There’s certainly no glamour in spending winter day after winter day standing in a farmer’s field in Kidderminster.
Naomi Folkard, however, hopes the glory will come in the heat of Beijing next week.
Leamington-born archer Folkard and team-mates Alison Williamson and Charlotte Burgess are realistic medal contenders in the women’s team event while 24-year-old Folkard could challenge in the individual competition to follow Williamson, a 2004 bronze medalist, on to the podium.
The clunk of heavy metal would bring music to the ears of the former Birmingham University music graduate who will be competing in her second Olympics.
She finished a highly-creditable 11th in Athens but she admits she is a wiser, fitter and stronger athlete four years down a long and winding road.
If commitment is the criteria, Folkard has already hit the bull’s eye.
Now living in Kidderminster with her boyfriend, she trains full-time, using an old poultry farm in Harvington for shooting practice. Then there is the more sophisticated help available at Birmingham High Performance Athletics Centre at the Alexander Stadium where she works on her fitness and at Lilleshall Sports Centre.
The British No 1 said: “During the winter when it’s absolutely freezing cold and I’m shooting arrow after arrow, it’s really hard work. But it was the thought of going to the Olympics that kept me going.
“It’s hard work. I’m shooting 200-300 arrows every day and I’m doing weights three times a week and running. It’s a question of finding the balance between technique and being prepared physically.”
Folkard can also call on greater experience – and a winning habit. Team GB have won gold twice in World Cup events in the past five months, having bronze in last year’s World Championships, while Folkard took silver in the European Championships.
“Athens was a wonderful experience,” she said. “It was overwhelming at first but you have to learn to cope with the distractions. You have to learn to stay focused.
“I’ve got a lot more experience behind me now. I used to get nervous before matches but now I’m a lot more in control. You learn to go through a mental routine, to settle and create a positive vibe. It’s all about finding that consistency.”
Folkard admits her selection in Athens as the youngest member of the team had been a nerve-wracking affair when she won a shoot-off but she heads to Beijing as the British No 1, having taken first place in the three-leg qualification process. She is ranked world No 9 while Team GB are ranked second behind favourites Korea.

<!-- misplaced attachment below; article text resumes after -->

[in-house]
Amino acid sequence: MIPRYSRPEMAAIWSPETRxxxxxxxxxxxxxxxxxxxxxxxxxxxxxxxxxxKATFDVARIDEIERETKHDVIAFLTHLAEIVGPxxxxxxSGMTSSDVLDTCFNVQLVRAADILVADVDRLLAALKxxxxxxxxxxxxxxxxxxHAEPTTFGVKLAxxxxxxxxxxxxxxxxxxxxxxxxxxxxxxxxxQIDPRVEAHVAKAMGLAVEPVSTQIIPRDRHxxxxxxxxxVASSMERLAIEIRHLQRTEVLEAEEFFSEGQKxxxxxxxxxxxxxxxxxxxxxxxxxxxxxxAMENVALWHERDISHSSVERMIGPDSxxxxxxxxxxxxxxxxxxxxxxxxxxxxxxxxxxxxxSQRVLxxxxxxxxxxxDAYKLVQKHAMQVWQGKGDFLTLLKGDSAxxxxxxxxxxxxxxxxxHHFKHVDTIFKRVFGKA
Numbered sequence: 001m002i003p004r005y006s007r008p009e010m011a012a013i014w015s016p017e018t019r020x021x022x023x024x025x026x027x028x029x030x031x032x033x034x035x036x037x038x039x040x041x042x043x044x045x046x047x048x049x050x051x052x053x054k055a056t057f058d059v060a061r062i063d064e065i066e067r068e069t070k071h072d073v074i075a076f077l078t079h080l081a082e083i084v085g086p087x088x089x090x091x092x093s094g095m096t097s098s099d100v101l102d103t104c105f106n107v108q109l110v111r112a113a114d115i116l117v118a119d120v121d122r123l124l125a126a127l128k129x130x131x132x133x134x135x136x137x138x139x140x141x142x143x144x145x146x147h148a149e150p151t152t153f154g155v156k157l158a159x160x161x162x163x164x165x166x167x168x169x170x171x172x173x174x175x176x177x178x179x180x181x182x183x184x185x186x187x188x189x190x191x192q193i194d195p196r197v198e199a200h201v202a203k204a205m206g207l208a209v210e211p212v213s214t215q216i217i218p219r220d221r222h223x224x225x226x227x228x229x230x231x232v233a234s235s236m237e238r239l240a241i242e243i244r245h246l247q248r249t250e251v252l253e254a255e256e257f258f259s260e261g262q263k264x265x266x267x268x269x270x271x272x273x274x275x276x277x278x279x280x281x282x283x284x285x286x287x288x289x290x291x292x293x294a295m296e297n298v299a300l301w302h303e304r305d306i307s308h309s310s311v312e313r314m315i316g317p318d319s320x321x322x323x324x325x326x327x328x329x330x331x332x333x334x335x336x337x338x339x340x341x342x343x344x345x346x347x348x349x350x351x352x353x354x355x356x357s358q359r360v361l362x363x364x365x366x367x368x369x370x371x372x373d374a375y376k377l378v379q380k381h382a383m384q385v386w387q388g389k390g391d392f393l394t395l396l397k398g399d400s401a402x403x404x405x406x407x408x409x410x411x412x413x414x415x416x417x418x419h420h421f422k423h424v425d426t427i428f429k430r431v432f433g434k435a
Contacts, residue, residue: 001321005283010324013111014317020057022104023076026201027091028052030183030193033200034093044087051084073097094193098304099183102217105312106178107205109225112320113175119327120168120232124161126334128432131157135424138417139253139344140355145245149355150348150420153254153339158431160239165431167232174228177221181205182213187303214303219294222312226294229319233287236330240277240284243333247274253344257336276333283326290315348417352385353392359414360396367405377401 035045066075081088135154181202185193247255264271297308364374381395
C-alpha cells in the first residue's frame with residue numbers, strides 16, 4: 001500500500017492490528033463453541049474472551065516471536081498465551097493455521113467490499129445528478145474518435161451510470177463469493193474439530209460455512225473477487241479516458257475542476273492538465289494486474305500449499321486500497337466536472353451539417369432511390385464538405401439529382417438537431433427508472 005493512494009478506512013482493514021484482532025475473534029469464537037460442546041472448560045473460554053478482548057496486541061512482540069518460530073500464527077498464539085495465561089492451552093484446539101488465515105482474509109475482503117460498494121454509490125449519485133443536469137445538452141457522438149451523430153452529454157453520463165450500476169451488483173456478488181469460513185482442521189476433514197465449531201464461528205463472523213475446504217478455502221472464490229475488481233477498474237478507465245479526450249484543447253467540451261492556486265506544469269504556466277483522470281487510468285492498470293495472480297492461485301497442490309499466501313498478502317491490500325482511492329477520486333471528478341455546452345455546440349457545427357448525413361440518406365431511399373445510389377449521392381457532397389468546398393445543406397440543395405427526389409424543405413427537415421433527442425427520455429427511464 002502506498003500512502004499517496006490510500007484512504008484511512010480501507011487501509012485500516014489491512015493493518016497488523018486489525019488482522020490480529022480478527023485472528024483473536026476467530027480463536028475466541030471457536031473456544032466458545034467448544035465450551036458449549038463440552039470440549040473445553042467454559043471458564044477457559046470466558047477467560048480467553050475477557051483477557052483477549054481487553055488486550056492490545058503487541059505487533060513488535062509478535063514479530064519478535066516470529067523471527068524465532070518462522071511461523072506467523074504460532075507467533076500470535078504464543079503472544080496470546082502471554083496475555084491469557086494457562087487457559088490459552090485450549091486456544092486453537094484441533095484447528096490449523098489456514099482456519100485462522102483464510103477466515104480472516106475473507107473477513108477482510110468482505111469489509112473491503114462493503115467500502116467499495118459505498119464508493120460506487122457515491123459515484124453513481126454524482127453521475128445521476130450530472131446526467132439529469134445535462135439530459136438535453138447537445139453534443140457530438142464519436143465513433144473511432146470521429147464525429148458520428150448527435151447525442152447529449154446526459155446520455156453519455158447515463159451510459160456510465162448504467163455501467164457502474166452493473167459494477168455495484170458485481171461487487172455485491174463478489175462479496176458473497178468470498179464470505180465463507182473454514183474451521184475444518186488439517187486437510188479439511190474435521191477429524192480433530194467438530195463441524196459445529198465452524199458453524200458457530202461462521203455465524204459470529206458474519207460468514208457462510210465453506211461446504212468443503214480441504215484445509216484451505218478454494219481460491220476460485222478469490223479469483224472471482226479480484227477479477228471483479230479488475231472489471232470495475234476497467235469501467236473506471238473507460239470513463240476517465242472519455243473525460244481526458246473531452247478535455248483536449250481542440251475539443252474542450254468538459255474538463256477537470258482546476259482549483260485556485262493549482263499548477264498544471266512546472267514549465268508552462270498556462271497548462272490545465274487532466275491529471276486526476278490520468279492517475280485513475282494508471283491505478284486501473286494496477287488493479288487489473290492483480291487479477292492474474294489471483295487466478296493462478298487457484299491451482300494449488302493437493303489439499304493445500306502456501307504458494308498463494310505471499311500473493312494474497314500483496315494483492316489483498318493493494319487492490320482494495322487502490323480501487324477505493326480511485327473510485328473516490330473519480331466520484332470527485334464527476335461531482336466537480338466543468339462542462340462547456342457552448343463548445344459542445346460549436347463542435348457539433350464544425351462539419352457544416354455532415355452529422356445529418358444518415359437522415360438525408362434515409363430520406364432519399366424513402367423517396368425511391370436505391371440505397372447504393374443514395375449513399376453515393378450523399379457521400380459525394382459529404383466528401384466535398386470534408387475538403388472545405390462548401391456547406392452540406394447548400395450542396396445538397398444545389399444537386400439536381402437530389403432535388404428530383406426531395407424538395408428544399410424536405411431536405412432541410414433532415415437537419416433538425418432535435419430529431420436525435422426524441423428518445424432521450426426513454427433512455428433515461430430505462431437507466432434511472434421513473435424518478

“I’m excited about the Games,” Folkard said. “But I’m not putting pressure on myself. I just want to shoot as well as I can. As long as I can keep my form I will be happy.
“In archery, you can only look after your own performance. You shoot against an opponent in a head-to-head and if they shoot better you can’t do anything about it. You need that little bit of luck as well.
Folkard, though, has more strings to her bow. A highly-accomplished musician on the piano and violin who has played at Symphony Hall, she intends to teach when she finally lays down her arrows.
“Music was going to be the priority when I was young but then archery took over,” said Folkard, who started the sport when aged five.
“If I was doing music, I would be with the violinists at the back of the orchestra. Now I’m in the top ten in the world and in the Olympics for the second time.”
Folkard’s family and friends will be relying on television and the internet to keep up to date with her progress in the archery competition which starts on Saturday.
“Unfortunately no-one is coming out to Beijing,” she said. “It’s so expensive – it would cost £1,000 per week each. They came out to Athens and hopefully they will be able to come to London 2012.”
Selection for London would be Folkard’s third Games but she still has some catching up to do on team-mate Williamson. Beijing is her fifth Olympics and Folkard says her fellow Midlander is an undoubted talisman.
“She is an inspiration to everyone in the team,” Folkard said. “She is the one we turn to when we have any questions.
“We train together once or twice a week and we’re all really good friends.”